Rare Disorder Cost Her Half Her Brain, but That Doesn't Stop Kelley Fox From Enjoying Life
Kelley Fox was born with a rare genetic disorder called tuberous sclerosis. She’s had two brain surgeries, including a full hemispherectomy, so she only has half a brain. Although developmentally delayed, Kelley has made significant progress since she first enrolled at the Seattle Children’s Alyssa Burnett Adult Life Center (ABC) two years ago. This progress shined when she attended ABC’s Spring Fling dance in May. “When she does those things that are normal, or typical developing, it’s just, it’s so special,” said Kelley’s mother Leslie. She hopes with the progress Kelley’s made in the last few years that she may be able to live independently in a group setting someday.
About Seattle Children’s
Seattle Children’s mission is to provide hope, care and cures to help every child live the healthiest and most fulfilling life possible. Together, Seattle Children’s Hospital, Research Institute and Foundation deliver superior patient care, identify new discoveries and treatments through pediatric research, and raise funds to create better futures for patients.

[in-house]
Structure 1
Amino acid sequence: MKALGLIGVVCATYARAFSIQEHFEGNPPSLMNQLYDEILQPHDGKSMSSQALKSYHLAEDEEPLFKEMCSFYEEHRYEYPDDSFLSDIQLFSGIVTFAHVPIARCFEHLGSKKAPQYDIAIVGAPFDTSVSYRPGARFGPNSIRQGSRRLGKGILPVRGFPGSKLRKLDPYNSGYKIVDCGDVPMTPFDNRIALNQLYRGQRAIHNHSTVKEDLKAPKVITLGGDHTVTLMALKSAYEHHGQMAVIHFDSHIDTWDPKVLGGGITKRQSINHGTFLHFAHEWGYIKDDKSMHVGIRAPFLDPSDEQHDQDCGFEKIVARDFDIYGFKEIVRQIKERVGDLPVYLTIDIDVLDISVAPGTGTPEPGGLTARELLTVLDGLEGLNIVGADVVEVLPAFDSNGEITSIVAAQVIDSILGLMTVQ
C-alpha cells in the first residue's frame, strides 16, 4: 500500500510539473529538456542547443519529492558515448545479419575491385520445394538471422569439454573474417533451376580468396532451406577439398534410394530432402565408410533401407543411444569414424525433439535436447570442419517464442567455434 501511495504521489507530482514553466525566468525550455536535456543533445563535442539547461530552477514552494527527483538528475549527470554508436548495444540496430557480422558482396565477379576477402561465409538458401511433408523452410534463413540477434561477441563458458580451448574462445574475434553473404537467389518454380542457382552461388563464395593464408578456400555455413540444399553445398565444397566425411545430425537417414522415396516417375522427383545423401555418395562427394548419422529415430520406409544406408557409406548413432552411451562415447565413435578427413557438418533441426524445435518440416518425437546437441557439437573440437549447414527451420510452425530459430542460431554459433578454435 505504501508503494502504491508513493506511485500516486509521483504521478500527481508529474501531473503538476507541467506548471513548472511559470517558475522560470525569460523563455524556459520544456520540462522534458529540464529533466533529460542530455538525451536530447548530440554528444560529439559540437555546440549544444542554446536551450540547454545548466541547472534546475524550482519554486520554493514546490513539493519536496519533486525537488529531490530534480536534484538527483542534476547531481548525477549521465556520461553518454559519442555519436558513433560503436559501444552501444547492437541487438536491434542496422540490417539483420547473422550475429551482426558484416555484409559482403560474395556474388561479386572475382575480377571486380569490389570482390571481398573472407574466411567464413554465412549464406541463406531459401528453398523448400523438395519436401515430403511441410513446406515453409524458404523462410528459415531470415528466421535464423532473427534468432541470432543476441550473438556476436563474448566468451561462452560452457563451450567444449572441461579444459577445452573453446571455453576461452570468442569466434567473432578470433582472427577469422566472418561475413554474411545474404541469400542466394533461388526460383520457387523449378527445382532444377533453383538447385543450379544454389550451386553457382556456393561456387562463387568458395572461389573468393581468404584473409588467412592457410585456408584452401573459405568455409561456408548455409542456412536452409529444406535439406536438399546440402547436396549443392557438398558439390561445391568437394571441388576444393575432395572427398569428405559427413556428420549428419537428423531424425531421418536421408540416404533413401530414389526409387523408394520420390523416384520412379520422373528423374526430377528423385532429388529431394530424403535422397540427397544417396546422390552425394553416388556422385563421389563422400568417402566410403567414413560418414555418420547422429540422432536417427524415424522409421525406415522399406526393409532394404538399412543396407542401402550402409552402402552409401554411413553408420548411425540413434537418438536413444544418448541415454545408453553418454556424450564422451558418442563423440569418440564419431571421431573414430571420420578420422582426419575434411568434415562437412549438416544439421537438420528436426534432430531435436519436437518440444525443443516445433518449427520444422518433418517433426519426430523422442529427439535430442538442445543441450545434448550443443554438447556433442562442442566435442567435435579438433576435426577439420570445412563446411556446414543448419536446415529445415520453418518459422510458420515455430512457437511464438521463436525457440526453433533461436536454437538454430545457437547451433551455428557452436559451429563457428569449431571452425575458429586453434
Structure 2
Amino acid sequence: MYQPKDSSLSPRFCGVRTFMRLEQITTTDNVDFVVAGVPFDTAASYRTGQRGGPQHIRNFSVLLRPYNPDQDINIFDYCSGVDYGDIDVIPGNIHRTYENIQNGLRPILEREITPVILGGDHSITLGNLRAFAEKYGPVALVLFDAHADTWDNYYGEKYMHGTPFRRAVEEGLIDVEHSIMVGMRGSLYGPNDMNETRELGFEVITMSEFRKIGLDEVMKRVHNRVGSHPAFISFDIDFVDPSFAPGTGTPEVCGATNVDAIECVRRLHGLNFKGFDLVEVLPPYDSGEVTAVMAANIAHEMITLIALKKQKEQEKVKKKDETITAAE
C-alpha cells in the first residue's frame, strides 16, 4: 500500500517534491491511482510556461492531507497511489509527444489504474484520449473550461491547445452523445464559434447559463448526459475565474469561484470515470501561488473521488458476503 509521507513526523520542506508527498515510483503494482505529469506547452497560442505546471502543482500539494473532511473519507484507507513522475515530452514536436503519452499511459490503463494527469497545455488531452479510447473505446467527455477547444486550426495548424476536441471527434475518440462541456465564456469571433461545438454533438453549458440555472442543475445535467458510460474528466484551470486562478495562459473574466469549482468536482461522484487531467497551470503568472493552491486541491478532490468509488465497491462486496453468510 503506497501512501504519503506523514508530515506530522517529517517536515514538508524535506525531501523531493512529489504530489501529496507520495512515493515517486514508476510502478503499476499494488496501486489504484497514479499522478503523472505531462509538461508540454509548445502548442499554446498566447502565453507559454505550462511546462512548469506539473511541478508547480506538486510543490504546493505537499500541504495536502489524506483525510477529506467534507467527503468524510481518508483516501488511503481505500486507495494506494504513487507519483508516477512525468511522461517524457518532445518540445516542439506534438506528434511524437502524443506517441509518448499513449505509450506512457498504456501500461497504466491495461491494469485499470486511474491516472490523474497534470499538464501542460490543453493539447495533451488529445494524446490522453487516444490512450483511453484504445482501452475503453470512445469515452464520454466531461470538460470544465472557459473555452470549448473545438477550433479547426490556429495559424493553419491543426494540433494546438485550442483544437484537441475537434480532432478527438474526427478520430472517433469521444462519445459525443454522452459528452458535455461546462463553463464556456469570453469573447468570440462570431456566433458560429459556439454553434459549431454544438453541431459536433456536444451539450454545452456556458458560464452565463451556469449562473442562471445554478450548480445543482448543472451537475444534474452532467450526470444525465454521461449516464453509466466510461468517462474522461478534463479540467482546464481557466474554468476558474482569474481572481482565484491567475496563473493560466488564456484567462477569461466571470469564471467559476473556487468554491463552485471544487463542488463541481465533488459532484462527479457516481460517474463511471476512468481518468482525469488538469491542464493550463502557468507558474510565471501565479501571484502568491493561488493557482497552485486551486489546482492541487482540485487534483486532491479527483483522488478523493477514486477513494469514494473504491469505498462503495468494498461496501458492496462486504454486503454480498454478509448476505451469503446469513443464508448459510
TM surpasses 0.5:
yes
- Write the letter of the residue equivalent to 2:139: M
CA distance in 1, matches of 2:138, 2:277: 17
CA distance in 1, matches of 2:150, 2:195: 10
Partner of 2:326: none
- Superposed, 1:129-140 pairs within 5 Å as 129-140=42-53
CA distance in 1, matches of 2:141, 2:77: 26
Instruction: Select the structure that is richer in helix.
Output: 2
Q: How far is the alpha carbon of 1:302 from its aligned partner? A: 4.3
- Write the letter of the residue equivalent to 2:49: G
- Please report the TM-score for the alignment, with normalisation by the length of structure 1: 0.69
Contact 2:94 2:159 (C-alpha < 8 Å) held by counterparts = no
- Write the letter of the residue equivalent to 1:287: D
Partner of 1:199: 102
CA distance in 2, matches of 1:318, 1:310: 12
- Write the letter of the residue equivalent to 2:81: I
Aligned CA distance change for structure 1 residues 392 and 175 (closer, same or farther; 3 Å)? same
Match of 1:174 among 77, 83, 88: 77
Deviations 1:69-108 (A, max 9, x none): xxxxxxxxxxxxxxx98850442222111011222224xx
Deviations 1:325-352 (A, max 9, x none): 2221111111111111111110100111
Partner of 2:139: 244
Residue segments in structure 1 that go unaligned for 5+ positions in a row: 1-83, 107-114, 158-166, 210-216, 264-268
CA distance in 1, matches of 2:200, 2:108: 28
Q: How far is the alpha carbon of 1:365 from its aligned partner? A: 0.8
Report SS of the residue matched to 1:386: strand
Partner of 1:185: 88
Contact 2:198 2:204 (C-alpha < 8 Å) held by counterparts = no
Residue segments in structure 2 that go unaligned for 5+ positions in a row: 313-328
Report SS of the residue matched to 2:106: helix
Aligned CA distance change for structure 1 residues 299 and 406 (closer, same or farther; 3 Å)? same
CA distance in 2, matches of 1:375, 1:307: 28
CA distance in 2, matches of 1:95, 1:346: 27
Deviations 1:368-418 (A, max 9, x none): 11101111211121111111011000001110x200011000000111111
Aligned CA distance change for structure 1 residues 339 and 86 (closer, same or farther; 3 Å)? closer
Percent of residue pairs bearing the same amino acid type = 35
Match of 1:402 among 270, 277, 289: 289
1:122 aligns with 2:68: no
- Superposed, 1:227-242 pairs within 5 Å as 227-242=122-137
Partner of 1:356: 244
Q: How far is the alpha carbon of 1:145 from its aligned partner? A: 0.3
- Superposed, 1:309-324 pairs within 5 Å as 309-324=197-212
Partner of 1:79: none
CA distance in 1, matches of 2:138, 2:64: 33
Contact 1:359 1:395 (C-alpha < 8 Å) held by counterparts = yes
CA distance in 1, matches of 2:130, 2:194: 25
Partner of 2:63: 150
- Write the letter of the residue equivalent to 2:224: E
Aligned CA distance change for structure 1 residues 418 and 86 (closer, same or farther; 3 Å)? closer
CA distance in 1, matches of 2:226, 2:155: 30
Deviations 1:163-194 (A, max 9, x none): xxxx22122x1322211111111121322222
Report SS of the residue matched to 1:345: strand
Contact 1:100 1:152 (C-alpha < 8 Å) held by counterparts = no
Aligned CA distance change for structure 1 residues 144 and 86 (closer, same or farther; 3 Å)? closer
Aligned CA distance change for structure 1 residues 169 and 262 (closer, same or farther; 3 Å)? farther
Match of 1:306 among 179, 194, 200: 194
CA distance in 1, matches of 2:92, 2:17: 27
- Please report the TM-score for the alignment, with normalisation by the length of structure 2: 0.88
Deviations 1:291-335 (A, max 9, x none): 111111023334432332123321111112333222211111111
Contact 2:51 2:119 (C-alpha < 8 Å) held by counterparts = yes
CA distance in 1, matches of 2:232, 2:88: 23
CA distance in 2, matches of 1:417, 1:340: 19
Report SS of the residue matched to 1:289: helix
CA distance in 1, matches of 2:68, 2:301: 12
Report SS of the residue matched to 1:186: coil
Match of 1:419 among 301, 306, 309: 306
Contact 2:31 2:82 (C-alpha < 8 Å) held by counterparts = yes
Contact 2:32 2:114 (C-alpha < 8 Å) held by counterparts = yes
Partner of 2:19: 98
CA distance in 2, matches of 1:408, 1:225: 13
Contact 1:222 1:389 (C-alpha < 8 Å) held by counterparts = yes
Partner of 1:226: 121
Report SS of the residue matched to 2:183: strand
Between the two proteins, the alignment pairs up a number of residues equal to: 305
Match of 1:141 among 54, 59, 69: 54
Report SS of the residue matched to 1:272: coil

Ranked as one of the top children’s hospitals in the country by U.S. News & World Report, Seattle Children’s serves as the pediatric and adolescent academic medical center for Washington, Alaska, Montana and Idaho – the largest region of any children’s hospital in the country. As one of the nation's top five pediatric research centers, Seattle Children’s Research Institute is internationally recognized for its work in neurosciences, immunology, cancer, infectious disease, injury prevention and much more. Seattle Children’s Hospital and Research Foundation works with the Seattle Children’s Guild Association, the largest all-volunteer fundraising network for any hospital in the country, to gather community support and raise funds for uncompensated care and research.
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